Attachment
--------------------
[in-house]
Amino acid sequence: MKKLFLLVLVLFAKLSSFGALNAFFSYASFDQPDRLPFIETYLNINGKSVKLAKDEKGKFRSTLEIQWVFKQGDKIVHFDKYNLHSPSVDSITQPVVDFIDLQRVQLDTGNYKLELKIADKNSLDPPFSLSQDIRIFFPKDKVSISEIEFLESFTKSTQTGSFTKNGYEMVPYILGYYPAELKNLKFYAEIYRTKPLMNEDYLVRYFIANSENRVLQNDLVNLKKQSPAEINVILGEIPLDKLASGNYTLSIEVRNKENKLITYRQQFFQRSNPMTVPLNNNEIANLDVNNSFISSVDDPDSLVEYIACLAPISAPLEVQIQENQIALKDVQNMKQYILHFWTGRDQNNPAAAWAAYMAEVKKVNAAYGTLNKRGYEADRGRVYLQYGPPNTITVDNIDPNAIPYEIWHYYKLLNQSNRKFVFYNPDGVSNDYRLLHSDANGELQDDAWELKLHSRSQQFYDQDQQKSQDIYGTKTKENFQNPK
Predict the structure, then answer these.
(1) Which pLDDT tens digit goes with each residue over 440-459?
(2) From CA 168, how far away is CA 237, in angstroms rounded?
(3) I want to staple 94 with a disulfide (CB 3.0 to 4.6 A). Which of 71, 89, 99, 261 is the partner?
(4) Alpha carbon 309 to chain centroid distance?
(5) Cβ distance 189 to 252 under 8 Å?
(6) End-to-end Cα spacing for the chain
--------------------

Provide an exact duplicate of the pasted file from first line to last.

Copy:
[in-house]
Amino acid sequence: MKKLFLLVLVLFAKLSSFGALNAFFSYASFDQPDRLPFIETYLNINGKSVKLAKDEKGKFRSTLEIQWVFKQGDKIVHFDKYNLHSPSVDSITQPVVDFIDLQRVQLDTGNYKLELKIADKNSLDPPFSLSQDIRIFFPKDKVSISEIEFLESFTKSTQTGSFTKNGYEMVPYILGYYPAELKNLKFYAEIYRTKPLMNEDYLVRYFIANSENRVLQNDLVNLKKQSPAEINVILGEIPLDKLASGNYTLSIEVRNKENKLITYRQQFFQRSNPMTVPLNNNEIANLDVNNSFISSVDDPDSLVEYIACLAPISAPLEVQIQENQIALKDVQNMKQYILHFWTGRDQNNPAAAWAAYMAEVKKVNAAYGTLNKRGYEADRGRVYLQYGPPNTITVDNIDPNAIPYEIWHYYKLLNQSNRKFVFYNPDGVSNDYRLLHSDANGELQDDAWELKLHSRSQQFYDQDQQKSQDIYGTKTKENFQNPK
Predict the structure, then answer these.
(1) Which pLDDT tens digit goes with each residue over 440-459?
(2) From CA 168, how far away is CA 237, in angstroms rounded?
(3) I want to staple 94 with a disulfide (CB 3.0 to 4.6 A). Which of 71, 89, 99, 261 is the partner?
(4) Alpha carbon 309 to chain centroid distance?
(5) Cβ distance 189 to 252 under 8 Å?
(6) End-to-end Cα spacing for the chain